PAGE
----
Iraq certainly does not lack for oportunities to repair or improve infrastructure, something that would both create jobs and future platforms to facilitate economic growth as well as enmeshing local elites in positive partnerships with coalition forces. My suggestion here, to build on Steve’s New Deal paradigm, would be to complement any physical construction -jobs effort with one of the New Deal’s least appreciated major programs which would be even more appropriate for Iraq today than it was for the United States in the 1930’s, the Reconstruction Finance Corporation.
What makes the RFC, originally created by the Hoover administration but given expanded powers under FDR, different from other New Deal agencies was the focus on reestablishing liquidity and the extension of lines of credit to private banks and businesses on a sound financial basis but one with a realistic adaptation to the conditions of the Depression. This was made possible by the astute judgment of the imposing Texas financial wizard who headed the RFC, Jesse H. Jones. Chairman Jones, historian Jordan Schwarz wrote:
“He could be an expedient lender; frequently he accomodated schemes of dubious creditworthiness, and New Dealers remained suspicious of Jones’ personal coziness with bankers and big business. Ironically, RFC-financed programs such as rural electrification were dear to their hearts and made possible profounder consequences for American society than those of almost any other New Deal program” 
Jones’ discernment of a borrower’s viability was such that out of the $ 2 billion 1930’s gold dollars in credit extended to banks, local governments, corporations and small business concerns during the Depression, nearly every loan was repaid. More remarkably, Jones disproportionately targeted the relatively undeveloped South and West for the RFC assistance in building networks of finance capitalism that made possible the later Sunbelt Boom of the 1960’s. In his person, Jones combined a wealth of experience in entrepreneurial capitalism and banking with an intimate “local knowledge” of the political, social and economic conditions giving him a degree of success that made him irreplaceable to FDR.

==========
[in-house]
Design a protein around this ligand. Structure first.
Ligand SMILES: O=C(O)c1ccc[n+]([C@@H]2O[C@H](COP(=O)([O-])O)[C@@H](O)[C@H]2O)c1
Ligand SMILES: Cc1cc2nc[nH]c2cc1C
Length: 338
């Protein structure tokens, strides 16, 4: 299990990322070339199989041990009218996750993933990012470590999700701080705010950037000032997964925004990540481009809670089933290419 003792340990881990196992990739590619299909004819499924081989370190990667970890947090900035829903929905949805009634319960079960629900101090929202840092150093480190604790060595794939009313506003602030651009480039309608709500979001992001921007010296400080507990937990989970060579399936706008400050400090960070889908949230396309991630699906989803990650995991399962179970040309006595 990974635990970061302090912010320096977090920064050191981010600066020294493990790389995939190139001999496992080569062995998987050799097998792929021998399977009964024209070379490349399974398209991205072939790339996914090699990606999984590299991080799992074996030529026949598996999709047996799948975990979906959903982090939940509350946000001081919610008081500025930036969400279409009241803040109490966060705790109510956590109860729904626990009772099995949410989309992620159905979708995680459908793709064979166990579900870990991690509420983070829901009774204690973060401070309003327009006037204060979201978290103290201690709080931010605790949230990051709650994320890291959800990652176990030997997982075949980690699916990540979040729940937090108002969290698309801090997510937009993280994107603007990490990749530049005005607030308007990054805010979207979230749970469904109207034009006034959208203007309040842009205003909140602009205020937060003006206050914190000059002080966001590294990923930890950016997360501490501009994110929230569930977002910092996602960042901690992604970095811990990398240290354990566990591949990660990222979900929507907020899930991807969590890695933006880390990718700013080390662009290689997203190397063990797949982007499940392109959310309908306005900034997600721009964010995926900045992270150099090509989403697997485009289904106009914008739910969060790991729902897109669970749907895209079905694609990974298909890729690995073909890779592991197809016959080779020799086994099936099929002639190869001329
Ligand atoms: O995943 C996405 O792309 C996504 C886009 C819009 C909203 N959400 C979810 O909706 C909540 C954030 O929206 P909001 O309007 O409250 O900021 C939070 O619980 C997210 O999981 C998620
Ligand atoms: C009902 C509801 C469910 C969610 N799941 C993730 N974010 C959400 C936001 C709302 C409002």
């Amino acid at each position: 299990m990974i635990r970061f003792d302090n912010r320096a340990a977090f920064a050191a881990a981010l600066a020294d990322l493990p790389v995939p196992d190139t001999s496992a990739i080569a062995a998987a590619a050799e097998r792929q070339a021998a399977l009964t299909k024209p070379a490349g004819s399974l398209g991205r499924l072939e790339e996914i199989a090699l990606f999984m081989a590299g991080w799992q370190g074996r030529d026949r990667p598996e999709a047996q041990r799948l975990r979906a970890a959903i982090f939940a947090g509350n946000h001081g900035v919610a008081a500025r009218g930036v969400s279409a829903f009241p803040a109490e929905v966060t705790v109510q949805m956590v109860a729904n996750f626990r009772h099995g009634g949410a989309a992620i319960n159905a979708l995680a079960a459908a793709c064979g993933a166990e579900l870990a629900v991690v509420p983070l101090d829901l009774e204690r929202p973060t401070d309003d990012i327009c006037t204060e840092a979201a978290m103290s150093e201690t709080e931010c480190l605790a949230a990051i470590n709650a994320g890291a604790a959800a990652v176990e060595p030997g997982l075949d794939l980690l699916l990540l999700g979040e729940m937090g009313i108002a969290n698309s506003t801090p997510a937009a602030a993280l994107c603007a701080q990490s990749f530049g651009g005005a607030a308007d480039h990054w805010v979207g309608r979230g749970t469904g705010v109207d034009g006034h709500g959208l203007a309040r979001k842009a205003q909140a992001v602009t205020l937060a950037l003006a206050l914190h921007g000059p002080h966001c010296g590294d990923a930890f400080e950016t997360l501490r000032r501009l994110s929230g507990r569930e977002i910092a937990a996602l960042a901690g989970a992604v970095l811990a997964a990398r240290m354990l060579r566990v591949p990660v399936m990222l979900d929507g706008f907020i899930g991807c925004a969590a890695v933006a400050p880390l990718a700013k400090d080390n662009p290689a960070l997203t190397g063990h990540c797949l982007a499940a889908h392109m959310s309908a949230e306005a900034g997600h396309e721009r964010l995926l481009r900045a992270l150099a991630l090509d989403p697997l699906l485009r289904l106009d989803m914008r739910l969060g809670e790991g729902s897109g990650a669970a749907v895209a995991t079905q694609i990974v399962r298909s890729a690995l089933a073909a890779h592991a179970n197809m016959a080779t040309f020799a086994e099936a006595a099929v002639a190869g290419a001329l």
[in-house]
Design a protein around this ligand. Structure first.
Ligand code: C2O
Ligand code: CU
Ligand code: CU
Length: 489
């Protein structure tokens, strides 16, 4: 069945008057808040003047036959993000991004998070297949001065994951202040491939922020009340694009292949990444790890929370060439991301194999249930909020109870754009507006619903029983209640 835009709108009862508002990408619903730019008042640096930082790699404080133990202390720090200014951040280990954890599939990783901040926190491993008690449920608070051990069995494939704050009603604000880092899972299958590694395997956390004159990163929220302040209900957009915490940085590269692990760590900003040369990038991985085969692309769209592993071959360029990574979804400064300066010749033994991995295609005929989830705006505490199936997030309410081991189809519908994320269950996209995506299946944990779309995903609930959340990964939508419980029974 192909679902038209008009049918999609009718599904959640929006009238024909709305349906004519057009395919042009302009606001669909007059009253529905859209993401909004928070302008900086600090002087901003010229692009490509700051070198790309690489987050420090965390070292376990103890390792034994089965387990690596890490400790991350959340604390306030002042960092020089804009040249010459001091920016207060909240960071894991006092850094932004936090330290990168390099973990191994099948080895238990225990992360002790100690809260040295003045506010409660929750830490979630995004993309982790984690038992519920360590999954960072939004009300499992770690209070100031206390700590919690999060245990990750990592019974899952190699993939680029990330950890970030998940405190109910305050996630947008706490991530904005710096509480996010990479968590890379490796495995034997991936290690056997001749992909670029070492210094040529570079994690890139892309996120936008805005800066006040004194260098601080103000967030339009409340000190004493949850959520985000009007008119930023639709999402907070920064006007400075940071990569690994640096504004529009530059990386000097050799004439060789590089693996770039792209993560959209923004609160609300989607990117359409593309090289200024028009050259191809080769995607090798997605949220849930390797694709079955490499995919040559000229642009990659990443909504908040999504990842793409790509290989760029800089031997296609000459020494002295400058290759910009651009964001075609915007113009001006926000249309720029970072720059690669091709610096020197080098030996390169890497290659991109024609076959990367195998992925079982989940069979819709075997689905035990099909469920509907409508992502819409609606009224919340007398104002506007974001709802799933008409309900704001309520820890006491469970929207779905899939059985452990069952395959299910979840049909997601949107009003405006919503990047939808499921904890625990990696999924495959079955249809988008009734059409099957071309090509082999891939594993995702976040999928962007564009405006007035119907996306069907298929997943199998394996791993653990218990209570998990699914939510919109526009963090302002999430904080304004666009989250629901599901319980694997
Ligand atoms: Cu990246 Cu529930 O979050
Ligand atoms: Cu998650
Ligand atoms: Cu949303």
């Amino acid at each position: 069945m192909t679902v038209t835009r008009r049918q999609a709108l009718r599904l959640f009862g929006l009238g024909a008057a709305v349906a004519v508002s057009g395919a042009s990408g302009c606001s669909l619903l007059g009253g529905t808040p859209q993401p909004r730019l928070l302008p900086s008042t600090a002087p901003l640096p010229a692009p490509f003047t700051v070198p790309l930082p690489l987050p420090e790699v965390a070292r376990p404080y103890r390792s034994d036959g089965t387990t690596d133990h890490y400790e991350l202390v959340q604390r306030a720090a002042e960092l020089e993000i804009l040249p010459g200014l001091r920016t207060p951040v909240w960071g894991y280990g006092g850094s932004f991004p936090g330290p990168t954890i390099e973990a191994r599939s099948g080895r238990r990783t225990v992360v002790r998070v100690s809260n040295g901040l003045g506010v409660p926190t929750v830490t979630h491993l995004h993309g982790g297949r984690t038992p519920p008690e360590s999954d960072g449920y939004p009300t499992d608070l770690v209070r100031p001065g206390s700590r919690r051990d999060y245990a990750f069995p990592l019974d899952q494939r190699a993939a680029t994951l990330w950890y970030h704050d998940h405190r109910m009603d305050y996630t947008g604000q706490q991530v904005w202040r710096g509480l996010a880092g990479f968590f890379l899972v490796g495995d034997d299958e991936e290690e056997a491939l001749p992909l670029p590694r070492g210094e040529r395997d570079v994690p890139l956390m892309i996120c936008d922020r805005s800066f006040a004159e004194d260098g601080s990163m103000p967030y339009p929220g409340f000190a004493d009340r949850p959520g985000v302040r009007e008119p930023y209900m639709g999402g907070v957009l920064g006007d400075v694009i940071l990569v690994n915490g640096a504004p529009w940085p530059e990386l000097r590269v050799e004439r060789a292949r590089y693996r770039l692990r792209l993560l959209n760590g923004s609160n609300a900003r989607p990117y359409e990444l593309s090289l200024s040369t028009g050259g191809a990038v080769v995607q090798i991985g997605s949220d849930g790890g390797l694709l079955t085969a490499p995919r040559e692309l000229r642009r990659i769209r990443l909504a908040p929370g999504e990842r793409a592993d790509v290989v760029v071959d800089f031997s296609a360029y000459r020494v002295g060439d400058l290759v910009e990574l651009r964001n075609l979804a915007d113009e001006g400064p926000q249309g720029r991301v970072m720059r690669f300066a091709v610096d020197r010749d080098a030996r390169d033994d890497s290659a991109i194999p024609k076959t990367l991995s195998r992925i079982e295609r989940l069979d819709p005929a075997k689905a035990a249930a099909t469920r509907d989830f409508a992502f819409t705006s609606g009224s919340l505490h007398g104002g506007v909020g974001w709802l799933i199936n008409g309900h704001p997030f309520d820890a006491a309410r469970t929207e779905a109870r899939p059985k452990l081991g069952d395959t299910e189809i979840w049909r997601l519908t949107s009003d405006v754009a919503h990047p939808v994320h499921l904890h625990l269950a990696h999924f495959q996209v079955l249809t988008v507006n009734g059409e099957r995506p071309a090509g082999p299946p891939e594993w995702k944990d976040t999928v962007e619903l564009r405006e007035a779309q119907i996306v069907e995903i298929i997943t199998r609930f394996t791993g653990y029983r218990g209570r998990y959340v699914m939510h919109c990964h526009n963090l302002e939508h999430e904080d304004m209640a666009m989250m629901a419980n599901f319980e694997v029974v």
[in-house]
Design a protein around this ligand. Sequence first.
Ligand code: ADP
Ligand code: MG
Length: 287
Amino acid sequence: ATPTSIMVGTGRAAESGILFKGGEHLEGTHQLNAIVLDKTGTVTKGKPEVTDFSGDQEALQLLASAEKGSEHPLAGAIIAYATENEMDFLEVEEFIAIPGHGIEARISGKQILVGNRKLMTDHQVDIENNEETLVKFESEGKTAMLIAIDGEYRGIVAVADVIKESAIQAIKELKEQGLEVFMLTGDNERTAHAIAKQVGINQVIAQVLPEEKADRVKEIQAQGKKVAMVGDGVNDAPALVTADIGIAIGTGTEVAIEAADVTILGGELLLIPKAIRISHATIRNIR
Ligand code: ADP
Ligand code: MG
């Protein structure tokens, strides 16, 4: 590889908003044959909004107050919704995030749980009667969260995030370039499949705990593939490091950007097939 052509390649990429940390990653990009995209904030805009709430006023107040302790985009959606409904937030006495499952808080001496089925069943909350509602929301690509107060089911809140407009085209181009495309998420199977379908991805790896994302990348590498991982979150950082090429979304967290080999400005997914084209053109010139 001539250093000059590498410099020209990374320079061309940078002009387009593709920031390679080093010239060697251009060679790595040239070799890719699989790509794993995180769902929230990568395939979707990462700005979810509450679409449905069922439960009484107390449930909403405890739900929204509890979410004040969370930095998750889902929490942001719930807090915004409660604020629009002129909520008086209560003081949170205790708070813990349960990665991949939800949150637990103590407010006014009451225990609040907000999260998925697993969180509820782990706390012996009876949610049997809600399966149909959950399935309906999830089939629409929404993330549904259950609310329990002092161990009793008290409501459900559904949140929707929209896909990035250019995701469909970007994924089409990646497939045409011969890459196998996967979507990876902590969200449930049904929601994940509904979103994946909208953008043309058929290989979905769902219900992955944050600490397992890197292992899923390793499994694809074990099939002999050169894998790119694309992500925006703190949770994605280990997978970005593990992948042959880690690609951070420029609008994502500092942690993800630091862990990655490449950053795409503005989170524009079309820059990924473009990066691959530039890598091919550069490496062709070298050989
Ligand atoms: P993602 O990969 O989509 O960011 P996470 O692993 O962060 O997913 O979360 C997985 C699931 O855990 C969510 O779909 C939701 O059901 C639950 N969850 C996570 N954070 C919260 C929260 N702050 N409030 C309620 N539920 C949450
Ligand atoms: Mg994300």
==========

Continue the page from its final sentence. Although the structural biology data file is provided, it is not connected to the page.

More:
A RFC on the Euphrates could only work in close collaboration with Iraqis who possess the prized “local knowledge” that we lack – mostly former Iraqi central bank types leavened with key Kurdish and Shiite equivalents with an American holding the pursetrings but the Iraqis vetting borrowers for viability rather than collateral, much the way Jones himself did in the cash-poor South and West. The effort could be enhanced by a separate microloan program, perhaps funded by NGO’s, attached to coalition commands to get smaller enterprises off the ground and help revive local economies.
If great care is exercised, state capitalism in Iraq can become a catalyst for the growth of the liberal markets of actual capitalism.
1. Schwarz, Jordan The New Dealers:Power Politics in the Age of Roosevelt. Alfred A. Knopf. New York 1993